86 : Policing The NHL Ice w/ Riley Cote

Riley Cote is a former professional ice hockey left winger who played eight seasons in the NHL with the Philadelphia Flyers.  During his career, he was known as an enforcer on the ice.  Riley announced his retirement from professional hockey at the age of 28.  Most recently, he was an assistant coach with the Lehigh Valley Phantoms of the American Hockey League (AHL) for the past 7 seasons.  Riley is currently focusing on his Hemp Heals Foundation, which promotes sustainable agriculture, sustainable health and clean natural medicine, while focusing on a holistic approach to optimum health through the use of hemp.

I immediately felt a connection to Riley because both of us embraced the identity of being a “tough guy” in our respective sports.  Neither of us would think twice before throwing our bodies around to make a big hit, or in Riley’s case starting a fight. Going into this conversation with Riley, I strongly disagreed with fighting in hockey. In my mind, putting a ban on fighting would be an easy way to avoid dangerous and unnecessary hits to the head, without actually altering the essence of the game. However, by the end of our conversation I formed a much different opinion on the role that fighting plays in hockey.

“If you can instill fear into your opponent, and then someone feels dominated by you mentally, you own them.”

So what makes someone an “enforcer” in the NHL? An enforcer in the NHL needs to be fearless, have the ability to sacrifice their bodies and the willingness to fight anyone, no matter what the size. The role of the enforcer is to create energy in the arena, but more importantly to keep the peace out on the ice and keep everyone in check.  Riley says guys like him are few and far between in today’s NHL because the direction of the game is trending towards speed and quickness.  In Riley’s opinion, the lack of policemen out on the ice has actually led to more dangerous hits. A mutual respect exists between NHL “tough guys”, their teams and their opponents, even after getting their ass kicked.  “You can put guys in the penalty box all day long, but you haven’t really addressed the problem.” Rule changes in the NHL have also discouraged players to fight.  Riley explained how it used to be that you could fight anyone on the other team and you would both get 5 minutes for fighting, so there was no power play.  After the introduction of the instigator rule, the fight instigator gets 2 minutes for initiating the fight, 5 minutes for fighting and 10 minutes for misconduct. This puts the instigator out of the game for 17 minutes and their team down a man for 2 minutes.  The structure of this rule incentivizes players to turtle.  This comes into play when an enforcer retaliates for a cheap hit that was dished out by the opponent.  In that case the enforcer might be putting his team in a vulnerable position to serve their role as the policeman.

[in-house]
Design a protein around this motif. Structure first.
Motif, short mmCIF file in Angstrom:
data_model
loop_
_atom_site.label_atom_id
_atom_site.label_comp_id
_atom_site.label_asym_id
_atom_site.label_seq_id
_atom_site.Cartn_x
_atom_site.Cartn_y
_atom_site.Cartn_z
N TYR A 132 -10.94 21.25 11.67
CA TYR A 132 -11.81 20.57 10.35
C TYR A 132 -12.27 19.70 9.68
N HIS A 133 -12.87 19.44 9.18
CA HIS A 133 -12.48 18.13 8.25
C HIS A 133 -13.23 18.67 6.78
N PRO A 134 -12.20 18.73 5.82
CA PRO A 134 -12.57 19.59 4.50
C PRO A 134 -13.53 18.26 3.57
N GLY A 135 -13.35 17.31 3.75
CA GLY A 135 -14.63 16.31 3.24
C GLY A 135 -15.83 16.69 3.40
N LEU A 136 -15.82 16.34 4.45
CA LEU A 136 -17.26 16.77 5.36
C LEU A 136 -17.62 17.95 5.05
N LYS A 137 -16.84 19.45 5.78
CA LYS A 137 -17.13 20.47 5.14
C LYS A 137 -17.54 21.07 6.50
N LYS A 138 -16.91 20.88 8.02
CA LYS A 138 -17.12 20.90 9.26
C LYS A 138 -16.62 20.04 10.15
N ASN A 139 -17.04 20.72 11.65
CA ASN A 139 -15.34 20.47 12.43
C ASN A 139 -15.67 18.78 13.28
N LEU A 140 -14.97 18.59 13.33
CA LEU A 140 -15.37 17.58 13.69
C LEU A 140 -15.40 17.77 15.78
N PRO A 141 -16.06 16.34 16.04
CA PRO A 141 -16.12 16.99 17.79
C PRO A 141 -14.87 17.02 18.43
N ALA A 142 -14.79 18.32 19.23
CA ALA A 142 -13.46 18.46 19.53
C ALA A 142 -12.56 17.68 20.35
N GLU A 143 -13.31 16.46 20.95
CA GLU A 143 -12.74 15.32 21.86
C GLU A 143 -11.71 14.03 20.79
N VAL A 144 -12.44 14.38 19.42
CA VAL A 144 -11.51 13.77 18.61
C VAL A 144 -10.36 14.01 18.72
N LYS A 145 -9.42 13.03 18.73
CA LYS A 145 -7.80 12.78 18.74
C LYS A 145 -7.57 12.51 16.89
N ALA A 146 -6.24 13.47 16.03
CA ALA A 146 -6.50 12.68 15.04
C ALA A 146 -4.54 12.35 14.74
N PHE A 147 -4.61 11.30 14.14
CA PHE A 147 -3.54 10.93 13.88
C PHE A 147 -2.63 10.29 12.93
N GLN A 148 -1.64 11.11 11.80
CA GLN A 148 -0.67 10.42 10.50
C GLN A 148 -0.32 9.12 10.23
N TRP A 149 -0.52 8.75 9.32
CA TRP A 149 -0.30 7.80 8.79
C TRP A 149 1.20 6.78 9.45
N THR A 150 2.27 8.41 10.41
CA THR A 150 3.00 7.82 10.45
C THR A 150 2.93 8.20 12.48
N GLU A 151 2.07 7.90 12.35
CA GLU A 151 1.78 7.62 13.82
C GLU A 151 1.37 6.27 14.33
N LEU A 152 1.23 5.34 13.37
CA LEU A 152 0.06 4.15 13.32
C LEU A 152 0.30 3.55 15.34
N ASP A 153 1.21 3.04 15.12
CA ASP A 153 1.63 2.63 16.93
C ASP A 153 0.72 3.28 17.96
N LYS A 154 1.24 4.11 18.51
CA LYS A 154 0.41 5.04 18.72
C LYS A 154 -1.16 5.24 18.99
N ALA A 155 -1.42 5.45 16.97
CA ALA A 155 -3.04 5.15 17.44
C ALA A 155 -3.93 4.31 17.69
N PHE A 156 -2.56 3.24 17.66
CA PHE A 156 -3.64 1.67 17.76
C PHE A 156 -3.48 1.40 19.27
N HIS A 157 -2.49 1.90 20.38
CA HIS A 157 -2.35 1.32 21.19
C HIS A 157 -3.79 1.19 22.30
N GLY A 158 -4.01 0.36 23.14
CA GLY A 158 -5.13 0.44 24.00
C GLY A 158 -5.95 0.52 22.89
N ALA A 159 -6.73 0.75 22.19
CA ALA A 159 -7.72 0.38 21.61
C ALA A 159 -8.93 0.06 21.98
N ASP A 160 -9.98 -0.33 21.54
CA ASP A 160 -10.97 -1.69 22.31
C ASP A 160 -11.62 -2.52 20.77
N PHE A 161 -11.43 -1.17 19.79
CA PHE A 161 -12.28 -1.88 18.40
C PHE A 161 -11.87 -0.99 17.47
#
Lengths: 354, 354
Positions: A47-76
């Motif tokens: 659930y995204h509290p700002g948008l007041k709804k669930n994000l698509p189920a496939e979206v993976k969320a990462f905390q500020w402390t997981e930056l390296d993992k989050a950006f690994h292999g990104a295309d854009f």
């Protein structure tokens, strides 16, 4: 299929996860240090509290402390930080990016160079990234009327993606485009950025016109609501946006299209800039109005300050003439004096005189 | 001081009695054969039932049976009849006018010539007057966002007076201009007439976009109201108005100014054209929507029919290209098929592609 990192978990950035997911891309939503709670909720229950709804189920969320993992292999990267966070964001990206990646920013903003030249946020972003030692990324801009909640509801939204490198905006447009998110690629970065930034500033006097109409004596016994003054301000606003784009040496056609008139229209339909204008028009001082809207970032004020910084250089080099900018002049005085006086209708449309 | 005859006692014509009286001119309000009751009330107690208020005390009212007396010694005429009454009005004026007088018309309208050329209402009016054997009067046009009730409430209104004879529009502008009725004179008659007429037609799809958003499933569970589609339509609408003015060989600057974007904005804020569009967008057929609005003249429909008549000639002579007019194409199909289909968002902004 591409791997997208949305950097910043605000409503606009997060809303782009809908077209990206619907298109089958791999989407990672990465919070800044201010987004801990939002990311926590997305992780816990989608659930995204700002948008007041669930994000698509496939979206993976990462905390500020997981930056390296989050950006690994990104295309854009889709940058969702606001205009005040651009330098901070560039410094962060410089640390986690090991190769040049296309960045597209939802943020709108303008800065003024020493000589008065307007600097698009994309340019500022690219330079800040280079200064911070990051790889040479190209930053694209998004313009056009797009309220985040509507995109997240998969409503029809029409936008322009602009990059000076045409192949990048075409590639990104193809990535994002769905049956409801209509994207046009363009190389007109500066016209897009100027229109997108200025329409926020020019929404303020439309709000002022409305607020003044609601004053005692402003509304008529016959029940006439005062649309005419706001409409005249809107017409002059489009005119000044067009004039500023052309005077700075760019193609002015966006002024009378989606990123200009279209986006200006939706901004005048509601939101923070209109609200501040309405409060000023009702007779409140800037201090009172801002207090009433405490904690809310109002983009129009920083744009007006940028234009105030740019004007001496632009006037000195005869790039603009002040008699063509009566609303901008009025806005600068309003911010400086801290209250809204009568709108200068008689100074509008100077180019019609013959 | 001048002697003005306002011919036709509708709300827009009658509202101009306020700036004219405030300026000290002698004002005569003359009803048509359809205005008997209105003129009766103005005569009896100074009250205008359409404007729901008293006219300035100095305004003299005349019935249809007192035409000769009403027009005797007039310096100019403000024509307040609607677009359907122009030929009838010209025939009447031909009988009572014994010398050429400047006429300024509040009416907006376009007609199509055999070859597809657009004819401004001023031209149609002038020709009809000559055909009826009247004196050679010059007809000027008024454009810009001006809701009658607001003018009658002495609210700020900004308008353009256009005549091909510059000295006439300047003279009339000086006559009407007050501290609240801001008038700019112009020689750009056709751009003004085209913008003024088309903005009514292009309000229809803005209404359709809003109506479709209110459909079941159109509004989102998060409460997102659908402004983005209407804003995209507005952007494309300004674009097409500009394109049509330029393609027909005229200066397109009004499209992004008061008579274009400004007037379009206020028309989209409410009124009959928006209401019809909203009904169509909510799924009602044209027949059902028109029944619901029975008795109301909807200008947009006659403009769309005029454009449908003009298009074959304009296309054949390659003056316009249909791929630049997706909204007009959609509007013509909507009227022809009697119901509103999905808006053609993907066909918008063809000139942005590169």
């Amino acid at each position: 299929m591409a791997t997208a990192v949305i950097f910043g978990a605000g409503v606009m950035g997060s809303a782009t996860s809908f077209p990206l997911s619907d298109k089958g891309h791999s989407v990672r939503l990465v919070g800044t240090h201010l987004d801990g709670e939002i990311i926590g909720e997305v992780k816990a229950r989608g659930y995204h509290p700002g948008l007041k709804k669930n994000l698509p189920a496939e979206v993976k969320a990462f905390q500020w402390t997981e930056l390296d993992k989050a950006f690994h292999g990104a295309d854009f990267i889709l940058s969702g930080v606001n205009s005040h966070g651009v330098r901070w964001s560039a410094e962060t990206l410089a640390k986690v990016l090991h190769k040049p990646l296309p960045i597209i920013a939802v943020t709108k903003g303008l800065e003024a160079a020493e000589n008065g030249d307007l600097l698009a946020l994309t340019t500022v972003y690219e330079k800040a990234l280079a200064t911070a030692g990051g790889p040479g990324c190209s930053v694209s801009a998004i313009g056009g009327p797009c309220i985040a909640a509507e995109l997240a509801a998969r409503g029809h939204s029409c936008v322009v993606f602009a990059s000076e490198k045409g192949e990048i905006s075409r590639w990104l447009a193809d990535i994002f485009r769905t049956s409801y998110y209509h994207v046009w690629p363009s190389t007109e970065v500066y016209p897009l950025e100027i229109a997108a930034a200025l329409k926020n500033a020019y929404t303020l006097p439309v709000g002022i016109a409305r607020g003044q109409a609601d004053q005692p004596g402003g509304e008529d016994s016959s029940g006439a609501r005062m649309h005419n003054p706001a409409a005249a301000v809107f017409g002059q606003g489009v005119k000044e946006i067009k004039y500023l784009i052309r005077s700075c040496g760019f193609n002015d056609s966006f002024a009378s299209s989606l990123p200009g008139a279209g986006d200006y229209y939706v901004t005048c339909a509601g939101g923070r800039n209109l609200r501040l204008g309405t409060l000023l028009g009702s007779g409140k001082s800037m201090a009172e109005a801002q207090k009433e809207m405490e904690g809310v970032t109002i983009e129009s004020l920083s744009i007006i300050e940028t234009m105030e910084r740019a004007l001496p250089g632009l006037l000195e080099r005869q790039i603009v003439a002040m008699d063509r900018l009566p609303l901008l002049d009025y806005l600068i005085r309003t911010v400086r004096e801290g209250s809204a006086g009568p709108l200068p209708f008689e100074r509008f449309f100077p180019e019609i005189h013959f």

“To me, a fight was like a goal”

Riley wasn’t always an enforcer out on the ice. He chose to start playing more aggressively while in juniors due to the fact that he was highly observant and aware of the guys who were getting the call up to the NHL. To make into the NHL, Riley knew he had to be aggressive and had to keep fighting in juniors. When talking about his NHL dreams while growing up, Riley said, “If I wouldn’t have done that [played as an enforcer], I would have maybe been a 3rd line American League Hockey Player.”  He achieved his goal of reaching the NHL, because he embraced the enforcer identity out on the ice.  According to Riley, he was top 3 in fighting in whatever league he was in.  A shift without a fight or a hit was an unproductive shift. Fighting not only caused a lot of wear and tear physically for Riley, but also mentally.  He felt like he was in a constant state of fight or flight.  Every game he had to be mentally prepared to fight someone, which caused a lot of stress and pressure on him, even when there wasn’t a fight. 

Riley has been a cannabis user since he was 15 years old and although he wasn’t always aware of the science based evidence of its benefits; he recognized the relief it gave to his anxiety.  Riley partially credits cannabinoids and cannabidiol (CBD) for his improved health after his playing days.  He also credits his current brain health to the use of cannabis throughout his career.  This experience has fueled the passion behind Riley’s organization called Hemp Heals.  Riley never expected to retire at 28, but he felt that he was always nursing something during every practice.  Looking back, Riley feels that his heavy lifting caused a lot of problems to his physical body.  He recommends that current athletes focus more on bodyweight, plyometric, speed & agility workouts, yoga and healthier eating. Riley noticed a huge difference after transitioning his active lifestyle to this format during his retirement.